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Menopause and Women’s Heart Health

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Written by Melissa MacGowan, Founder at Meno Collective

Menopause Awareness & Heart Disease

It’s a silent epidemic that affects women globally and surpasses breast cancer as the leading cause of female mortality. Shockingly, 40% of heart attacks in women are fatal, often striking without warning. But why don’t we talk about heart disease more?

Historically, heart disease was considered a ‘man’s thing,’ leading to skewed research and a lack of understanding of women’s unique symptoms. Here, we’ll shed light on the connection between menopause and heart health, and the importance of raising awareness and providing insights into how you can protect your cardiovascular wellbeing during this life stage.

The Heart of The Gender Gap

For decades, heart disease research predominantly focused on men, perpetuating the myth that it primarily affected them. It wasn’t until the 1980s that it became evident that women faced similar risks. The thing is, women often experience atypical symptoms like nausea and fatigue, leading to misdiagnosis or delayed treatment. Multiple studies have also shown that women may face longer wait times in emergency rooms compared to men, further complicating the issue.

The Impact of Menopause on Cardiovascular Health

During menopause, hormonal fluctuations disrupt the delicate balance in the body, leading to increased cholesterol levels. Estrogen, a protective factor, promotes ‘good’ HDL cholesterol and keeps blood vessels supple, aiding blood flow. On the flip side, declining estrogen levels result in a higher ratio of ‘bad’ LDL cholesterol, leading to atherosclerosis and increased risk of heart disease. While hormones don’t cause heart disease, they play a significant role in influencing risks, highlighting the importance of considering these factors when exploring treatment options for menopausal symptoms.

Understanding the Risk of Menopause

Although natural menopause does not cause an immediate increase in the risk of heart disease, it signals a period of increasing risk related to both age and estrogen deficiency. Recognizing this transition is crucial for taking control of your heart health during menopause.

Taking Control of Your Heart Health

Given that women are six times more likely to die of heart disease than breast cancer, it’s important to prioritize cardiovascular health during and after menopause.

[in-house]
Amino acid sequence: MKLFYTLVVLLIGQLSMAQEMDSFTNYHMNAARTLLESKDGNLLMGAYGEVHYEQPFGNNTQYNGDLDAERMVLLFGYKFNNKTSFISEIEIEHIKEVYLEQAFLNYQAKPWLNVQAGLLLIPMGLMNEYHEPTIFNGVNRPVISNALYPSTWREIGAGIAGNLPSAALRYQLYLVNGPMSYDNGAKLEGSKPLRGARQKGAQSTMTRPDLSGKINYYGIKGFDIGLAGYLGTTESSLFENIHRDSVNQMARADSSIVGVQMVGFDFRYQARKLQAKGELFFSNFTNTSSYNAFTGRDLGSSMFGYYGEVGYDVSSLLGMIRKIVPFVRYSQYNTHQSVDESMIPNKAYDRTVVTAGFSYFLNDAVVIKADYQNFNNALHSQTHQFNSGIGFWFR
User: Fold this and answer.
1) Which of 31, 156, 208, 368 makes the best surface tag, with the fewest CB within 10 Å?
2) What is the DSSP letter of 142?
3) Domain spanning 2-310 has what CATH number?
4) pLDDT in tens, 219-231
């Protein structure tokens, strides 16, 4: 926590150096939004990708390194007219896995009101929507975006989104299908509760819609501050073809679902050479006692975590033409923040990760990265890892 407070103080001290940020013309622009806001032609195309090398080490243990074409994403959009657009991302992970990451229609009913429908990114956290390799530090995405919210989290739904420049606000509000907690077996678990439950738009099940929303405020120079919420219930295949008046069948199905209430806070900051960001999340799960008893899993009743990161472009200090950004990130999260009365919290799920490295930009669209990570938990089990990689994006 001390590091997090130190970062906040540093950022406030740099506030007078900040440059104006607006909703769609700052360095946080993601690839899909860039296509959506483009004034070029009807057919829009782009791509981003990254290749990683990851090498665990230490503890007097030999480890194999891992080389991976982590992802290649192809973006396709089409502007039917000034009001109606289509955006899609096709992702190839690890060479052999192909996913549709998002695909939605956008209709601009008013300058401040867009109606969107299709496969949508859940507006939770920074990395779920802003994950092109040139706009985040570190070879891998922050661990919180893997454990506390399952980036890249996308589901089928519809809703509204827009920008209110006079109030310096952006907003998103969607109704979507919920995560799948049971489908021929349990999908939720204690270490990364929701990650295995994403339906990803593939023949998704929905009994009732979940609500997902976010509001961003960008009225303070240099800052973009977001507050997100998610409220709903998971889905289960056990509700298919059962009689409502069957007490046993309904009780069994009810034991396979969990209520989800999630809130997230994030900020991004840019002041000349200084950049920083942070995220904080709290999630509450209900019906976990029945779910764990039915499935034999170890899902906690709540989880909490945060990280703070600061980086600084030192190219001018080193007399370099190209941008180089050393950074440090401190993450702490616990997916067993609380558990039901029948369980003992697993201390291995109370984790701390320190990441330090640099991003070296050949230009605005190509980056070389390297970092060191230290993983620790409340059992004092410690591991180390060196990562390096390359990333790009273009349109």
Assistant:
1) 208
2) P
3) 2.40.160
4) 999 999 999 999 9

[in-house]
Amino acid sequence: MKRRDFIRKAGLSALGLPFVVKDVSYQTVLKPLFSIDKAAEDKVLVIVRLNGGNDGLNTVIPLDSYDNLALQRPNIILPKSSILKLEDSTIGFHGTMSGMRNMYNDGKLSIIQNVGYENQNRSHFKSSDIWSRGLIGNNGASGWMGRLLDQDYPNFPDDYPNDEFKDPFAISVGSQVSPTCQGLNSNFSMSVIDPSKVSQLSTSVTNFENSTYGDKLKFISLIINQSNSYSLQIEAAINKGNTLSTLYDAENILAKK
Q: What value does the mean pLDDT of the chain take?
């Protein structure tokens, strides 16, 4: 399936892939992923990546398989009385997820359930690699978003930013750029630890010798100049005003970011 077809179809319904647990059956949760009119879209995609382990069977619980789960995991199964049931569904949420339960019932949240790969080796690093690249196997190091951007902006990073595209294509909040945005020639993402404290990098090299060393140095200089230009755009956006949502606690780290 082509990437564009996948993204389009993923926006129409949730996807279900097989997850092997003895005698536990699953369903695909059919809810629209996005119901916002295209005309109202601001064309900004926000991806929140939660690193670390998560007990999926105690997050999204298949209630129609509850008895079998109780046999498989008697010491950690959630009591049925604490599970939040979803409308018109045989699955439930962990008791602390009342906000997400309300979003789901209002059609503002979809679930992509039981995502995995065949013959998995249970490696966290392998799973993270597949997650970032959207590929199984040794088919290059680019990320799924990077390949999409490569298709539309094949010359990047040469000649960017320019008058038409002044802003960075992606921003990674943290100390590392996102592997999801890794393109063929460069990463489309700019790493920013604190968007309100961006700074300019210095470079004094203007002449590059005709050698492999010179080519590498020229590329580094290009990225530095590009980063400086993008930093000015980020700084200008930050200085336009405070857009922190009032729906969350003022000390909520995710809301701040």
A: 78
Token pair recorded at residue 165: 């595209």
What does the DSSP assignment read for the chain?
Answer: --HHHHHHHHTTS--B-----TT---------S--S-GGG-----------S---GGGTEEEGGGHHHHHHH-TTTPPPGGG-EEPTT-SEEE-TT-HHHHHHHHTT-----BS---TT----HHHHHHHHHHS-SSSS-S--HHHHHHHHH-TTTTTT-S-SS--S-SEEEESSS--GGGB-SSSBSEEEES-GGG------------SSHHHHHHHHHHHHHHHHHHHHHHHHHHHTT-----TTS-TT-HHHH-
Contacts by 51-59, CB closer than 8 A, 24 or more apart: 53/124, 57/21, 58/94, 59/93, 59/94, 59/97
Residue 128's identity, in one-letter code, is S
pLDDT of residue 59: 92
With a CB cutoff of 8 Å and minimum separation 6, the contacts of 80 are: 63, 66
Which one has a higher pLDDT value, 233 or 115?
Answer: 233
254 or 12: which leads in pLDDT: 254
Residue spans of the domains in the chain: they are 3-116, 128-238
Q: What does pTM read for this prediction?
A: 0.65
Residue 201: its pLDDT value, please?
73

Here are six ways you can do this:

1. Regular Screening: Periodic check-ups that include cholesterol level monitoring and heart health assessments can help detect early signs of cardiovascular issues.

2. Nutrition: Reducing saturated fats and sugars can help maintain heart health. Embrace a heart-healthy diet rich in fruits, vegetables, whole grains, and lean proteins.

3. Exercise: Engage in regular physical activity, such as brisk walking, swimming, or cycling, to improve heart health and maintain a healthy weight.

4. Smoking Cessation: Quitting smoking is paramount, as it reduces good cholesterol and exacerbates heart disease risks. Seek support and resources to quit successfully.

5. Stress Management: Chronic stress can negatively impact heart health. Explore stress-reduction techniques like mindfulness, meditation, or yoga to promote well-being.

6. Medications: If cholesterol levels are dangerously high, medication or clinical procedures may be necessary to prevent complications. Consult with a healthcare professional for personalized guidance.

By understanding the connection between menopause and heart health, recognizing the risk factors, and taking proactive measures, women can improve their overall wellbeing and reduce the risk of heart disease, ultimately living healthier, longer lives.

Here are some other useful resources:

Women and Heart Disease – Heart Research Australia

For Professionals | Heart Foundation

Women Die From Heart Attacks More Often Than Men. Here’s Why | Time

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